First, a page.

Journaling

When I Walk To the Train Alone at Night

When I walk alone to the train at night, my mind begins to race. With each step that I take; one foot in front of the other, I think about the moments before my last breath. Will it be tonight? The days on the calendar bring about new opportunities and new experiences…but I fear what these new experiences entail. Some may call me dramatic, but for me this is a normal thought that my brain goes to…and it really shouldn’t be. As the sunlight hibernates and darkness saturates the almost evening sky, I become more cautious than I was before. Every figure begins to distort. The friendliest looking person could be a threat to my safety. When I walk alone to the train at night, I clutch my pepper spray inside my coat pocket. My pace begins to accelerate, and I begin to look behind me every few seconds; left and right. I take one earbud out of my ear so I can hear my surroundings, then I take the other one out because my paranoia gets the best of me. Still, even my senses don’t put me at ease. When I walk alone to the train at night, I think about the last goodbyes that I’ve said to my family. My Dad was working on his construction project in the basement, so he probably wouldn’t have been able to hear me. My Mom was asleep in the kitchen after finishing up dinner. My brother was upstairs, watching YouTube videos and playing video games…that would be the last memory that I would have of them. The last message that I sent to my friends would memorialize me. The videos and pictures saved of me in their phones would be the only way they could see me again, besides the images that they have stored in their memories.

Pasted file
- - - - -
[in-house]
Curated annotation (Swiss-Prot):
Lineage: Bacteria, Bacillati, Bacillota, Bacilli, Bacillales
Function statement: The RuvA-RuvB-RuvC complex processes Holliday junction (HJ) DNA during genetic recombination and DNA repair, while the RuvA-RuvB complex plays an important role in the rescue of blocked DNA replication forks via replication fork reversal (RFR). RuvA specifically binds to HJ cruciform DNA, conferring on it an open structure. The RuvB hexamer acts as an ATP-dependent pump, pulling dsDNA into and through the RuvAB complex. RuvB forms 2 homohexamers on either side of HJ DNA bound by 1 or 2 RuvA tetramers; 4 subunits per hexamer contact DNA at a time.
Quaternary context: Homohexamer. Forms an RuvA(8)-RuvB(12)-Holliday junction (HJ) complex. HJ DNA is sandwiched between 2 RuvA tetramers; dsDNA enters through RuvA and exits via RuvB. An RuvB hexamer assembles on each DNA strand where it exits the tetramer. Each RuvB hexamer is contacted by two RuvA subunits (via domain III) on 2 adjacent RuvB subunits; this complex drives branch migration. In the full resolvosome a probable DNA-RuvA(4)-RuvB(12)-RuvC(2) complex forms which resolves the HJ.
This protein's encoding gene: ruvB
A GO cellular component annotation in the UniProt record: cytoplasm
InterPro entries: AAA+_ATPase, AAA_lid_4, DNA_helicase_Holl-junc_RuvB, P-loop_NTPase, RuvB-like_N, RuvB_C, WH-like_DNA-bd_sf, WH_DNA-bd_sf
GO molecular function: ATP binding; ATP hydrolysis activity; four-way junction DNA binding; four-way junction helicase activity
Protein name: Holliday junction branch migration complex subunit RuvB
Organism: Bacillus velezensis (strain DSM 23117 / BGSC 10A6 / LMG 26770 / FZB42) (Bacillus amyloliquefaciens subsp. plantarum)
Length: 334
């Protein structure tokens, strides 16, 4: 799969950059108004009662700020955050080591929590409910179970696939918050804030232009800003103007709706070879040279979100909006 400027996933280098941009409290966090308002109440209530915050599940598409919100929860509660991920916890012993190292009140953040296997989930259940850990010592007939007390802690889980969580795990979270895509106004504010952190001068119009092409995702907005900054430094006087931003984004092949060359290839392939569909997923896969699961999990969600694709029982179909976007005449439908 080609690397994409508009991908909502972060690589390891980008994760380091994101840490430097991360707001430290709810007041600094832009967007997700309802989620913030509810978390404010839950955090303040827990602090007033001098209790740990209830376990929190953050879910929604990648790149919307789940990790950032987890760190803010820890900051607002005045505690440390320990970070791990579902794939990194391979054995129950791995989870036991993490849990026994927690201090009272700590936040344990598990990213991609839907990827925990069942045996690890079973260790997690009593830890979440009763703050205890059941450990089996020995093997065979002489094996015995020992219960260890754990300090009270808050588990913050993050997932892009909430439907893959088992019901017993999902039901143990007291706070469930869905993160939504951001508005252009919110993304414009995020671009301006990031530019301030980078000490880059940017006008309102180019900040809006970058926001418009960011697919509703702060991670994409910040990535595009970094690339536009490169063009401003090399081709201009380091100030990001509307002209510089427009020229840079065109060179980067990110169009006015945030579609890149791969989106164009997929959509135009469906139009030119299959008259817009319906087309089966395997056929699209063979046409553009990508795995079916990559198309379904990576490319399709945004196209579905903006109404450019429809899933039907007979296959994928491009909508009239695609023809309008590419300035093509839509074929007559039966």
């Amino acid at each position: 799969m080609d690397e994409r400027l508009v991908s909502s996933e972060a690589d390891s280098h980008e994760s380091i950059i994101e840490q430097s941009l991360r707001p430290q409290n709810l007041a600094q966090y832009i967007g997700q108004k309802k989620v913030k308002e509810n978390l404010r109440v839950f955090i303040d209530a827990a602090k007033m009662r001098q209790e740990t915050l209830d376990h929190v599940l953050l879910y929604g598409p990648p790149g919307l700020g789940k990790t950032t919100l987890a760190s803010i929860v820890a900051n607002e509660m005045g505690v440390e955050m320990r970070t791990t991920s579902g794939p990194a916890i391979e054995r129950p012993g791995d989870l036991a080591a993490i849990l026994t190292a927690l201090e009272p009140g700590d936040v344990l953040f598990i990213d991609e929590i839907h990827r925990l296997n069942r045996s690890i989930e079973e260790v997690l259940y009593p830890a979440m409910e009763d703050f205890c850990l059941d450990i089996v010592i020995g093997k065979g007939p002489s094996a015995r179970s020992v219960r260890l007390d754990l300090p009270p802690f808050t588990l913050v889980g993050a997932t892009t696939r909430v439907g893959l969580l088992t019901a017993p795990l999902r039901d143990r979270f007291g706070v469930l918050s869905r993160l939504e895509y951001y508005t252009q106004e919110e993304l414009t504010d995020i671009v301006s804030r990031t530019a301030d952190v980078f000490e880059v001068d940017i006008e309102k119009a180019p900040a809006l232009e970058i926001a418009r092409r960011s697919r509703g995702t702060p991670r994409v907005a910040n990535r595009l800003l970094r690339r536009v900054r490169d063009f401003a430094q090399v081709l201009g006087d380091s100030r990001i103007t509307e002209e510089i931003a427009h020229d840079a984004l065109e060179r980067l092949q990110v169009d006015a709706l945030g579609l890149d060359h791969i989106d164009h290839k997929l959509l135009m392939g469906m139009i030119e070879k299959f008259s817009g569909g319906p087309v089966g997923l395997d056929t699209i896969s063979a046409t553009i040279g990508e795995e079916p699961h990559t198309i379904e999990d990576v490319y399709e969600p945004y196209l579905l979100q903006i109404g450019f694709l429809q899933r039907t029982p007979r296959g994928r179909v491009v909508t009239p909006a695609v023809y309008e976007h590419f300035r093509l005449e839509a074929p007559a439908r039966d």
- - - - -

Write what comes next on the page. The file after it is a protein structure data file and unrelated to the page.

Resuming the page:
I shouldn’t have to have these thoughts; so morbid and perturbed. The pathway to my destination should be smooth sailing. I shouldn’t have to think about my every move, because one slip up could cost me my life. I shouldn’t have to be on high alert all the time; analyzing every person that crosses my path. Sometimes I wonder if there were any times in my life where I was close…close to being harmed. Has anyone seen me walking down the street and thought that I was a good target? It makes my anxiety rise to an all time peak. What really goes on in the dark?

The Ruth George case really has me thinking. That beautiful young woman had a whole life ahead of her. She had a family that adored her, friends that cherished her, and all of that was taken away just because she didn’t want to converse with a man who was catcalling her. She went to UIC, my parents alma mater; a school that I was thinking of attending. I have walked past the very car park where her murder took place. I just don’t understand how you could kill someone over YOU’RE disrespect. She did not owe you her time, and certainly not her body. How could someone get that angry from rejection? You were so upset that it made you homicidal? How can someone be so evil? All she was doing was walking to her car. How many people have walked to their cars alone at night? That could’ve been anyone, unfortunately it happened to someone, and it happened to her.